US to help South Korea develop missile defence system

Picture from North Korean TV of the rocket after launch, on 7 February 2016 Image copyright AFP
Image caption An image from the rocket was broadcast on North Korean TV

The US will help South Korea deploy an advanced missile defence system as soon as possible, officials from the Pentagon have said.

They say the shield will help South Korea offset the growing threat posed by North Korea following its launch of a long-range rocket on Sunday.

North Korea put a satellite or some other space device into orbit at the launch, US officials said on Monday.

But it used the test as cover for a long-range missile launch, they say.

Officials in Pyongyang for their part are adamant that the test was part of the country's peaceful space programme.

In position

American and South Korean officials say they will soon begin formal negotiations over deploying the Terminal High Altitude Area Defence System (Thaad) near the border with North Korea.

Image copyright AP
Image caption People in Pyongyang celebrated the launch on Monday
Image copyright AP
Image caption News of the North Korean launch sent shockwaves around the world, especially among near neighbours including Japan

"Without getting into a timeline, we'd like to see this move as quickly as possible," Pentagon spokesman Peter Cook was quoted by the AFP news agency as saying. A defence official told the news agency that that the system could be in position within two weeks of any deployment order.

"We are beginning the consultations now and in the current days with the South Koreans, and we expect that this will move in an expeditious fashion."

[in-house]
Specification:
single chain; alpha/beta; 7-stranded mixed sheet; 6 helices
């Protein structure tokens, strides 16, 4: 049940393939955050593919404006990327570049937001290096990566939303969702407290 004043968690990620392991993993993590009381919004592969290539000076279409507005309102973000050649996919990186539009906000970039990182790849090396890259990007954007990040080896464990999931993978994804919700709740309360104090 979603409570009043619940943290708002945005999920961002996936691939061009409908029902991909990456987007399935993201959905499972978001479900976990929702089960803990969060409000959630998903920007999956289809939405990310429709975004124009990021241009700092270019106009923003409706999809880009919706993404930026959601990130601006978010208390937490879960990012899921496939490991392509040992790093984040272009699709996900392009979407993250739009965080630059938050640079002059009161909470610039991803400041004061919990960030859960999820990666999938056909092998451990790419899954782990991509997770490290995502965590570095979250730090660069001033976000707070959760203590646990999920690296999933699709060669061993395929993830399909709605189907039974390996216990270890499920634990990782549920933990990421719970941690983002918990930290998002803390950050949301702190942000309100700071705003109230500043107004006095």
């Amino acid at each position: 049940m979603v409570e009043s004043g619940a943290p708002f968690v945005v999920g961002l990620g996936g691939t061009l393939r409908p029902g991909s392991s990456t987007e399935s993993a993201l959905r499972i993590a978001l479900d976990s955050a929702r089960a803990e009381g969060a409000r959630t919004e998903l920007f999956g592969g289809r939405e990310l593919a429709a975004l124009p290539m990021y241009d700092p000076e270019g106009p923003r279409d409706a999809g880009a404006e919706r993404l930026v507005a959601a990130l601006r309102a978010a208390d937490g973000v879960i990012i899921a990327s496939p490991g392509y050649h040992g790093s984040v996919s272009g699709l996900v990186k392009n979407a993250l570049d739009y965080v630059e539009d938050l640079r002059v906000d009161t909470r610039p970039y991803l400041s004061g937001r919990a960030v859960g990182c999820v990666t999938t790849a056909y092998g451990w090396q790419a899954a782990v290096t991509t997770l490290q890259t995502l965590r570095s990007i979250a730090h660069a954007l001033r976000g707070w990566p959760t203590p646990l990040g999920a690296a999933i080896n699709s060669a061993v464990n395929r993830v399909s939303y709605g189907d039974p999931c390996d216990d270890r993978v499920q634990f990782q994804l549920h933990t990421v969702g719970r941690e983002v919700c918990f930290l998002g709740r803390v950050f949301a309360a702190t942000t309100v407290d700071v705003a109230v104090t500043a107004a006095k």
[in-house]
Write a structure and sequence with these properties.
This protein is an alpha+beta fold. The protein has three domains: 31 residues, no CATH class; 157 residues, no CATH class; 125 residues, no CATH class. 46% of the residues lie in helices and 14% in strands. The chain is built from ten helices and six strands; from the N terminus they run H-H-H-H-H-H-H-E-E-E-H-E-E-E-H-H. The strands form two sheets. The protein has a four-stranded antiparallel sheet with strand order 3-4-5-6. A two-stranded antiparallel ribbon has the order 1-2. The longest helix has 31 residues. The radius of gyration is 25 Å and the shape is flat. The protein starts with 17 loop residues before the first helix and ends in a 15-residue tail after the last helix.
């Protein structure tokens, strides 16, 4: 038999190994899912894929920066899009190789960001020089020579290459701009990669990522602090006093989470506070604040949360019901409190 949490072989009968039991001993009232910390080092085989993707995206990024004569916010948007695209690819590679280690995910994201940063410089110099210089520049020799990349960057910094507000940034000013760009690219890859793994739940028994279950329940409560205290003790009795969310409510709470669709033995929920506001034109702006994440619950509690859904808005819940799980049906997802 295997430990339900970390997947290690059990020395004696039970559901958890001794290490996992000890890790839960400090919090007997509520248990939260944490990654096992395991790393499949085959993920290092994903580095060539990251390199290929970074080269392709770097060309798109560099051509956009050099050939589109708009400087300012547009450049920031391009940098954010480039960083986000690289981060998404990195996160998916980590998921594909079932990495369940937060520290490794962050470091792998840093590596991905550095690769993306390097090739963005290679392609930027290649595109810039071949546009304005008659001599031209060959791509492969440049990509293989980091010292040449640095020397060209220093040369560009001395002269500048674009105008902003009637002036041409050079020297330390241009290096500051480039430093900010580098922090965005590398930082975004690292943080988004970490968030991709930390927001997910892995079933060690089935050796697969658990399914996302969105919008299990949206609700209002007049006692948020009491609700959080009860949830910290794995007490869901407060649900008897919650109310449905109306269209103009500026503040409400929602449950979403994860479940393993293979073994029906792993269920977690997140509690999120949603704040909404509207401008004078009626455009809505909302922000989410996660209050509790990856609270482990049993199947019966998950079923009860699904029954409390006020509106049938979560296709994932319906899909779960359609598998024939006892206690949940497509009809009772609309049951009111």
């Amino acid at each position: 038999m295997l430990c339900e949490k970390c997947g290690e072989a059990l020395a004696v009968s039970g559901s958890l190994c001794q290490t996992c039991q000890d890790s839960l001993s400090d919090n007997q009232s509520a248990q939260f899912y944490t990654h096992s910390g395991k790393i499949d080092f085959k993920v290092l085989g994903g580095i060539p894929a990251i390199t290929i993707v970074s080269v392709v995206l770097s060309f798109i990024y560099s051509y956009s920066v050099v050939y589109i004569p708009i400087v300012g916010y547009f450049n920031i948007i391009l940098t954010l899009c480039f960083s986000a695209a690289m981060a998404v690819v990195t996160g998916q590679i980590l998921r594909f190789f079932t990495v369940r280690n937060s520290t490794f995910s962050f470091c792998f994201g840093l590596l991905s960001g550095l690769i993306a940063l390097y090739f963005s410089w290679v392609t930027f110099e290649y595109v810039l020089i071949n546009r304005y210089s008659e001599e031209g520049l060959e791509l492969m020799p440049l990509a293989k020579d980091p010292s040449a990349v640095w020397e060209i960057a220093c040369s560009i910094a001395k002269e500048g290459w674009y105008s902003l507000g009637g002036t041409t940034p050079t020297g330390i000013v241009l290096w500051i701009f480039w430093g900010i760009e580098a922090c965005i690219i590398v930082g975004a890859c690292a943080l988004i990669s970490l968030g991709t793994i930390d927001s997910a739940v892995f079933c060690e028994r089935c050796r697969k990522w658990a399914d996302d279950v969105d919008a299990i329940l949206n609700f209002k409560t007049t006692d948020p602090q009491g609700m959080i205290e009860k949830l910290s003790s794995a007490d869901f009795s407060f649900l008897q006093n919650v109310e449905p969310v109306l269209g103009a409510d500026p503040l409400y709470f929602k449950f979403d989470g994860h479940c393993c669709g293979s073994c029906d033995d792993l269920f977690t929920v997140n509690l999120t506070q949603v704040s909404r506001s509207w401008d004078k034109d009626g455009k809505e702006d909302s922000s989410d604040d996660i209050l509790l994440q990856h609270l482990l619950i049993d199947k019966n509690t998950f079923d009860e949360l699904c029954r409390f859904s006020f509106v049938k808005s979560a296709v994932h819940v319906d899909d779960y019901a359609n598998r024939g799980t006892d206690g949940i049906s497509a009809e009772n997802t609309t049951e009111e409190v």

The North Korean rocket launch has been denigrated by the US and its allies as another step in its quest to develop an intercontinental ballistic missile capable of striking the American mainland.

Thaad missiles are reported to be highly deployable and work by firing anti-ballistic missiles against enemy missiles either inside or outside the Earth's atmosphere.

Any deployment is likely to be strongly resisted by China which is known to be uneasy about anti-missile hardware so close to its borders.

Mr Cook has insisted that the system is in no way intended to threaten China and would be focused entirely on North Korea.

In an interview with CBS aired on Monday, President Barack Obama said that he was not surprised by the launch, and the US had been concerned about the country's behaviour for some time.

"This is an authoritarian regime," the president said.

"It's provocative. It has repeatedly violated UN resolutions, tested and produced nuclear weapons and now they are trying to perfect their missile launch system."

Sunday's launch came weeks after North Korea conducted a fourth nuclear test. Both acts violate existing United Nations Security Council resolutions.

North Korea's rocket launches

Image copyright AFP/Getty
  • February 2016: Launch of rocket reportedly carrying satellite
  • May 2015: North Korea announces it has successfully tested a submarine-launched missile for the first time, but scepticism is then poured on the claim
  • Dec 2012: North Korea launches three-stage rocket, says it successfully put a satellite into orbit; US defence officials confirm object in orbit
  • Apr 2012: Three-stage rocket explodes just after take-off, falls into sea
  • Apr 2009: Three-stage rocket launched; North Korea says it was a success, US says it failed and fell into the sea
  • Jul 2006: North Korea test-fires a long-range Taepodong-2 missile; US said it failed shortly after take-off

Why did North Korea launch a rocket?

North Korea's missile programme

How potent are the threats?

Isolated country's nuclear tests

A world leader in dramatic rhetoric